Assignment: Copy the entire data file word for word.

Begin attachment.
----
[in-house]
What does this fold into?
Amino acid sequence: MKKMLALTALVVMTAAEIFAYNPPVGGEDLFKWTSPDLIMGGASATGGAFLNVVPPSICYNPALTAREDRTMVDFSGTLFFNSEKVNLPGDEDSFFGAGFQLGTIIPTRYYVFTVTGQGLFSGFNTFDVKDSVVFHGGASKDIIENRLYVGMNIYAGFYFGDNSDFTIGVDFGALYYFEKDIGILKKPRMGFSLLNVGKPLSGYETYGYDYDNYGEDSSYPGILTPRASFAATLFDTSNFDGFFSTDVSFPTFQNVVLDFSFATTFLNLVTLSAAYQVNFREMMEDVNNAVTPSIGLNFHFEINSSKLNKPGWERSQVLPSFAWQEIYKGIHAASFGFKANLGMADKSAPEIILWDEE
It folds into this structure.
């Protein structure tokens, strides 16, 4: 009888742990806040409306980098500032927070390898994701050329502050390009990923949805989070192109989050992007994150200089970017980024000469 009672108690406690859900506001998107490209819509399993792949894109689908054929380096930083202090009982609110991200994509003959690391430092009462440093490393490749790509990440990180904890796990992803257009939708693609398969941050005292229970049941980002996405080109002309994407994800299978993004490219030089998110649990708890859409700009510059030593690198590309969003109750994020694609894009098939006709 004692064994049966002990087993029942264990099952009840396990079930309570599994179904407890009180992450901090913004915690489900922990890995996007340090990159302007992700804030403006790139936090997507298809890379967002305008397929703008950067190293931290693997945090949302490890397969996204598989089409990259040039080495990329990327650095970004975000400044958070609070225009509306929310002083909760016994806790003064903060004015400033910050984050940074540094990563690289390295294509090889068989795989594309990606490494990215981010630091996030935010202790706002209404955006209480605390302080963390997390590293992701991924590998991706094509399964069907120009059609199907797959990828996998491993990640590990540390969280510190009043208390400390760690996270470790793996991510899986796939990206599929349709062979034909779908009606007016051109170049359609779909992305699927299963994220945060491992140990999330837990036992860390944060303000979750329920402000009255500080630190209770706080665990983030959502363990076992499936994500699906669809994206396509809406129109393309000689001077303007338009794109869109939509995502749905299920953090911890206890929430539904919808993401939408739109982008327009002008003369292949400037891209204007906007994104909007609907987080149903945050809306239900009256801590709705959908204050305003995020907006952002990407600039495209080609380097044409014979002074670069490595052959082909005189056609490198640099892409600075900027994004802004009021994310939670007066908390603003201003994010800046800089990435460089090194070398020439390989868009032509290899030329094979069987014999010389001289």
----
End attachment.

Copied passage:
[in-house]
What does this fold into?
Amino acid sequence: MKKMLALTALVVMTAAEIFAYNPPVGGEDLFKWTSPDLIMGGASATGGAFLNVVPPSICYNPALTAREDRTMVDFSGTLFFNSEKVNLPGDEDSFFGAGFQLGTIIPTRYYVFTVTGQGLFSGFNTFDVKDSVVFHGGASKDIIENRLYVGMNIYAGFYFGDNSDFTIGVDFGALYYFEKDIGILKKPRMGFSLLNVGKPLSGYETYGYDYDNYGEDSSYPGILTPRASFAATLFDTSNFDGFFSTDVSFPTFQNVVLDFSFATTFLNLVTLSAAYQVNFREMMEDVNNAVTPSIGLNFHFEINSSKLNKPGWERSQVLPSFAWQEIYKGIHAASFGFKANLGMADKSAPEIILWDEE
It folds into this structure.
């Protein structure tokens, strides 16, 4: 009888742990806040409306980098500032927070390898994701050329502050390009990923949805989070192109989050992007994150200089970017980024000469 009672108690406690859900506001998107490209819509399993792949894109689908054929380096930083202090009982609110991200994509003959690391430092009462440093490393490749790509990440990180904890796990992803257009939708693609398969941050005292229970049941980002996405080109002309994407994800299978993004490219030089998110649990708890859409700009510059030593690198590309969003109750994020694609894009098939006709 004692064994049966002990087993029942264990099952009840396990079930309570599994179904407890009180992450901090913004915690489900922990890995996007340090990159302007992700804030403006790139936090997507298809890379967002305008397929703008950067190293931290693997945090949302490890397969996204598989089409990259040039080495990329990327650095970004975000400044958070609070225009509306929310002083909760016994806790003064903060004015400033910050984050940074540094990563690289390295294509090889068989795989594309990606490494990215981010630091996030935010202790706002209404955006209480605390302080963390997390590293992701991924590998991706094509399964069907120009059609199907797959990828996998491993990640590990540390969280510190009043208390400390760690996270470790793996991510899986796939990206599929349709062979034909779908009606007016051109170049359609779909992305699927299963994220945060491992140990999330837990036992860390944060303000979750329920402000009255500080630190209770706080665990983030959502363990076992499936994500699906669809994206396509809406129109393309000689001077303007338009794109869109939509995502749905299920953090911890206890929430539904919808993401939408739109982008327009002008003369292949400037891209204007906007994104909007609907987080149903945050809306239900009256801590709705959908204050305003995020907006952002990407600039495209080609380097044409014979002074670069490595052959082909005189056609490198640099892409600075900027994004802004009021994310939670007066908390603003201003994010800046800089990435460089090194070398020439390989868009032509290899030329094979069987014999010389001289």